Monegasque (Monaco) Entree
2¼ cups flour (3 more tablespoons later)
1 tablespoon olive oil (1 tablespoon and 3 more cups later)
½ cup water
INGREDIENTS – FILLING
1 bunch chard leaves (maybe ¾ pound)
enough water to cover chard leaves
1 small white onion
1 tablespoon olive oil (3 more cups later)
⅔ cup grated Parmesan cheese
2 eggs (1 more egg later)
INGREDIENTS – ASSEMBLY
3 tablespoons flour
3 cups olive oil
Serves 4. Takes 1 hour 30 minutes.
PREPARATION – DOUGH
Add 2¼ cups flour to large mixing bowl. Gradually add oil and water. Knead by hand with each addition. Stop adding water when you form a dough ball that isn’t sticky. Put in refrigerator for 30 minutes.
PREPARATION – FILLING
Remove chard leaves from stems. Slice chard leaves into ½” squares. Add enough water to cover chard to large pot. Bring to boil using high heat. Add chard to pot. Blanch chard for 5 minutes. Drain. Mince onion. Add onion and 1 tablespoon olive oil to pan. Sauté at medium-high heat for 5 minute or until onion softens. Add chard leaves, onion, Parmesan, and 2 eggs to 2nd large mixing bowl. Mix with fork, or by hand until thoroughly mixed.
PREPARATION – ASSEMBLY
Add 1 egg to cup. Beat egg with whisk. Dust flat surface with 3 tablespoons flour. Roll dough out on flat surface to 0.1″ thickness. Make 3″-wide circles from dough. (A glass cup works well for this.) Add 1 teaspoon filling to the middle of each circle. Fold dough circles in half to make half moons. Brush edges with egg. Press down on edges to seal half moons. Add 3 cups olive oil to deep, large pot. Heat oil using medium-high heat. Oil is hot enough when a bit of dough dances in the oil. Carefully add half moons to pot. Fry half moons until they turn brown and blister. Flip half moons enough to prevent burning. Drain on paper towels.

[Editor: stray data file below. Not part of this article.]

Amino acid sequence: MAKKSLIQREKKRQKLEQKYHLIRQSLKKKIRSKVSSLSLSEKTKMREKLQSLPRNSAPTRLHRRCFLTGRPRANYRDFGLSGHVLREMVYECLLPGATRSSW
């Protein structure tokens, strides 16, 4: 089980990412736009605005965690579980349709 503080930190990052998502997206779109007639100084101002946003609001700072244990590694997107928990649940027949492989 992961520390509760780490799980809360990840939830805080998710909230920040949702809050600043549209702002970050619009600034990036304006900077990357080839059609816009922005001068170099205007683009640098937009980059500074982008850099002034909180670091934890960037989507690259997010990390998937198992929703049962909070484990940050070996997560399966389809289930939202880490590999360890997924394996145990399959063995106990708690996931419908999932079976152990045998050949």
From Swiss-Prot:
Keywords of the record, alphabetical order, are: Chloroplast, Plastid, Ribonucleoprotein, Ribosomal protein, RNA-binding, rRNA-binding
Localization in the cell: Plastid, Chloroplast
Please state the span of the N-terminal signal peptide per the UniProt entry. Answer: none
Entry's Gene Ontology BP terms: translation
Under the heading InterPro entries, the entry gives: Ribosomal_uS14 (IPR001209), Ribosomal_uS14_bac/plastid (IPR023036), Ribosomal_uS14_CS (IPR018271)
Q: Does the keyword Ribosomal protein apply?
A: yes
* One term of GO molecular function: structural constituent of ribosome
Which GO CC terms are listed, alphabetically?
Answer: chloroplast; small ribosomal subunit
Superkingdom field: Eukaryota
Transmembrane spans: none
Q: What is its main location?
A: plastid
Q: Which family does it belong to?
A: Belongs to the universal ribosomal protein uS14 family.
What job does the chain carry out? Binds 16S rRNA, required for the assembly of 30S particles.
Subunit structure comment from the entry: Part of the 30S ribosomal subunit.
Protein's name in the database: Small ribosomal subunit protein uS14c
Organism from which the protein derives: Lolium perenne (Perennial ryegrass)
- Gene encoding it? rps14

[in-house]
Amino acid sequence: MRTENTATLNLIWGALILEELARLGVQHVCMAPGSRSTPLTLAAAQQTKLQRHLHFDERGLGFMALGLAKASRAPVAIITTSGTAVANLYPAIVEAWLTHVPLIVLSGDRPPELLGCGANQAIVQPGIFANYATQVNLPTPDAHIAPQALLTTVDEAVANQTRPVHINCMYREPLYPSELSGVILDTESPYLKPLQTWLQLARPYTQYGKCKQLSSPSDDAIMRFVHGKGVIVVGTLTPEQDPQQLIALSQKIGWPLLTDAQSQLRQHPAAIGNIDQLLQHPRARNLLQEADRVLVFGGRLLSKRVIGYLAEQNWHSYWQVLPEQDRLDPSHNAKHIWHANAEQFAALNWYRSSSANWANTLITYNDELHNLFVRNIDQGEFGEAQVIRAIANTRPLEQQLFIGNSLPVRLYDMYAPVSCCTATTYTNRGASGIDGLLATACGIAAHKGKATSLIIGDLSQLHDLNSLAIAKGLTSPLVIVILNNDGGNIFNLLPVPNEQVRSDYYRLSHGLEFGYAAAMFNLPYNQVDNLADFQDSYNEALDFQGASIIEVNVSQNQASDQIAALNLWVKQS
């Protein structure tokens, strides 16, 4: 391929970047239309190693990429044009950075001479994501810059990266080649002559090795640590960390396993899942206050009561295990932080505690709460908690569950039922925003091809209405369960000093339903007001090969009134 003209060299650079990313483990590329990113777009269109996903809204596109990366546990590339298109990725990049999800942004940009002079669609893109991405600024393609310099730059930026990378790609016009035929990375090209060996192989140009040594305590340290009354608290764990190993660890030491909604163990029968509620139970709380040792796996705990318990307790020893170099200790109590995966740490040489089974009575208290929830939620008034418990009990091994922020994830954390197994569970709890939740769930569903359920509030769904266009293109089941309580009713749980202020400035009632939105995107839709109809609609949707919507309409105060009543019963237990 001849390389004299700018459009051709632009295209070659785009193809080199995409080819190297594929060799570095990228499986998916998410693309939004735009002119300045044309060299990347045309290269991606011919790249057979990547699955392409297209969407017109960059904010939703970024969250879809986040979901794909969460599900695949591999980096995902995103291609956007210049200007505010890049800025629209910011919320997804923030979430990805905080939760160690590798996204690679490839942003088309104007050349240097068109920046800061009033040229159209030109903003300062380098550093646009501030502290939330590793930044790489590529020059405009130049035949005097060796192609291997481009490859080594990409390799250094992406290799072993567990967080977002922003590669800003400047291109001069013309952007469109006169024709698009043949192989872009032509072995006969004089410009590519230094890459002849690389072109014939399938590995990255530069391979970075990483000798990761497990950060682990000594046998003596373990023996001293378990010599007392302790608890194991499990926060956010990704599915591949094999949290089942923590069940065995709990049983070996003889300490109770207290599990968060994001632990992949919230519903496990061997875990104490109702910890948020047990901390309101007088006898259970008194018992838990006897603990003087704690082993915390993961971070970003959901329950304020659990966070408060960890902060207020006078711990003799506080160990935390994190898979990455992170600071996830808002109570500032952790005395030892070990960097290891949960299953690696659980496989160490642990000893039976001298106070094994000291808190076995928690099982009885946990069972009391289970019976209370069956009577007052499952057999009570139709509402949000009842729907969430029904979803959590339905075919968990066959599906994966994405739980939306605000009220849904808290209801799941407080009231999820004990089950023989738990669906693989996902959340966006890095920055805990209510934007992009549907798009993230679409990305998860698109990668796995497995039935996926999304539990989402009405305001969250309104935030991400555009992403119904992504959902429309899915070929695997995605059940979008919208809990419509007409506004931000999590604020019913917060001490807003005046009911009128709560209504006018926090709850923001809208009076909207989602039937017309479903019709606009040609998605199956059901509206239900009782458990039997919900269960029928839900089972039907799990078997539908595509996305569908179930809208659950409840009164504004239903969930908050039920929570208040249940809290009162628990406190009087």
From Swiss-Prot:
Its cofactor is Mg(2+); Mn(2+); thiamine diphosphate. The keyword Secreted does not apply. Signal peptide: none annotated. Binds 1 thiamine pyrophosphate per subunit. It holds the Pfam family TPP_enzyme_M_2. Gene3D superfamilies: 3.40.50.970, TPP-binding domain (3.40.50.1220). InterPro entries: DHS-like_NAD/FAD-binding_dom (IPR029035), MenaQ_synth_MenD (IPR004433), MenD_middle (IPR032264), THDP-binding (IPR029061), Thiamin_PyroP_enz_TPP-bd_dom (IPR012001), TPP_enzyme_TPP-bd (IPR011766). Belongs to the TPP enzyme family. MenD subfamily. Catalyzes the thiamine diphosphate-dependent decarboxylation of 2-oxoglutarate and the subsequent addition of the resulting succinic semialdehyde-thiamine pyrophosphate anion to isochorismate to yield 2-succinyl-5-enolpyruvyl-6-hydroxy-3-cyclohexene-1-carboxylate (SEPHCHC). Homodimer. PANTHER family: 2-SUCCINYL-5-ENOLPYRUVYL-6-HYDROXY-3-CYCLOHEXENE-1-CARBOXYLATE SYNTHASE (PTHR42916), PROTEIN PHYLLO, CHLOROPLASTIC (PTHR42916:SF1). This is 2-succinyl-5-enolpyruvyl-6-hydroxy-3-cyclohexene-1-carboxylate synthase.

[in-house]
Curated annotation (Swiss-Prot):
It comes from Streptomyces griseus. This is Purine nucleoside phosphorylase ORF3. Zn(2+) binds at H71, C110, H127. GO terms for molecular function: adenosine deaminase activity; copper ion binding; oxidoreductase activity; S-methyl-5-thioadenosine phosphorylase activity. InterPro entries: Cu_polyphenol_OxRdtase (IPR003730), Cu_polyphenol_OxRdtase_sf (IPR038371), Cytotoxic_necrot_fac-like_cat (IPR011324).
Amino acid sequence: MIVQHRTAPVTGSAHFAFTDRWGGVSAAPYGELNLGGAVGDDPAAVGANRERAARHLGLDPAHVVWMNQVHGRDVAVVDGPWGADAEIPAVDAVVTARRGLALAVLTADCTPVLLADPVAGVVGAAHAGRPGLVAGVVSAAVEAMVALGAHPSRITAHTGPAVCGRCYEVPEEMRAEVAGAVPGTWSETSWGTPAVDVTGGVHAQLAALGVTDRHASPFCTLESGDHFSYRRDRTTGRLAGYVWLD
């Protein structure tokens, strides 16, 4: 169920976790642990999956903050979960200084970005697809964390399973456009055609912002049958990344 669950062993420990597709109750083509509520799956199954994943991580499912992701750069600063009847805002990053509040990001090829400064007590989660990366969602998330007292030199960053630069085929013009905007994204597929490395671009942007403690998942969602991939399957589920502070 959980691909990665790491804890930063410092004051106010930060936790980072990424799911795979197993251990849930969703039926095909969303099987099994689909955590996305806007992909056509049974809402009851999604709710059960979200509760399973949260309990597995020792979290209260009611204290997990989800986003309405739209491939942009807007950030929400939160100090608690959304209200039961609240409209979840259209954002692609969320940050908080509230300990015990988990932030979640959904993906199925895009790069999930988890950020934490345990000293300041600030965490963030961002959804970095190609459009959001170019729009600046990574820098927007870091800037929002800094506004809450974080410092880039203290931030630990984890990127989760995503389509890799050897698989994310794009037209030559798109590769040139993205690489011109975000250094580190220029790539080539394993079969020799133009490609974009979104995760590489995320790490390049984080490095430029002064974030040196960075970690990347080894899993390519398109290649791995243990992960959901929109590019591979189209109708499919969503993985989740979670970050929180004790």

1) The little known opera, The Barber Juan, also known as Barbajuan, opened and closed on May 5, 1795,
2) The great opera, The Barber of Seville, by Rossini, premiered in 1815.
3) Europe’s decades long, Napoleonic Wars ended in 1815.
6) Look! Look! Two one-word tidbits in a row.
7) Alas, the single-word tidbit streak was broken by the tidbit immediately above.
8) Let this be a lesson to us all. Think before you type.
9) Think before you drink and drive.
10) If you really must do something after getting pickled to the gills, may I suggest drinking and typing?
11) The great American novelist, Ernest Hemingway was supposed to have said, “Write drunk. Edit Sober.”
12) But, in fact, he never said that. Indeed, he always wrote while he was sober.
14) He probably knew that if he wrote while drunk, the quality of his writing would plummet.
15) How far would his prose fall?
16) Probably to the point where he’d be writing such memorable lines as, “Iggy piggy poo. Q1c3 4fvt, 7jmk, UIo97*.”
17) It is worth nothing that any human could type the bon mots, “Iggy piggy poo, and the illustrious Hemingway certainly thought he could write better than any human.”
18) But even more damning to Hemingway’s literary soul was the undeniable fact that all the words after “Iggy piggy poo” could have been made by one of his cats walking from left to right across his typewriter. And Papa Hemingway was certainly vain enough to want to out write his cats. So, he always wrote sober. Now you know.
I should see if I can get my cat to wander over my keyboard. Maybe I can publish the results! Yes, I can write better than my cat, but nobody knows that yet.
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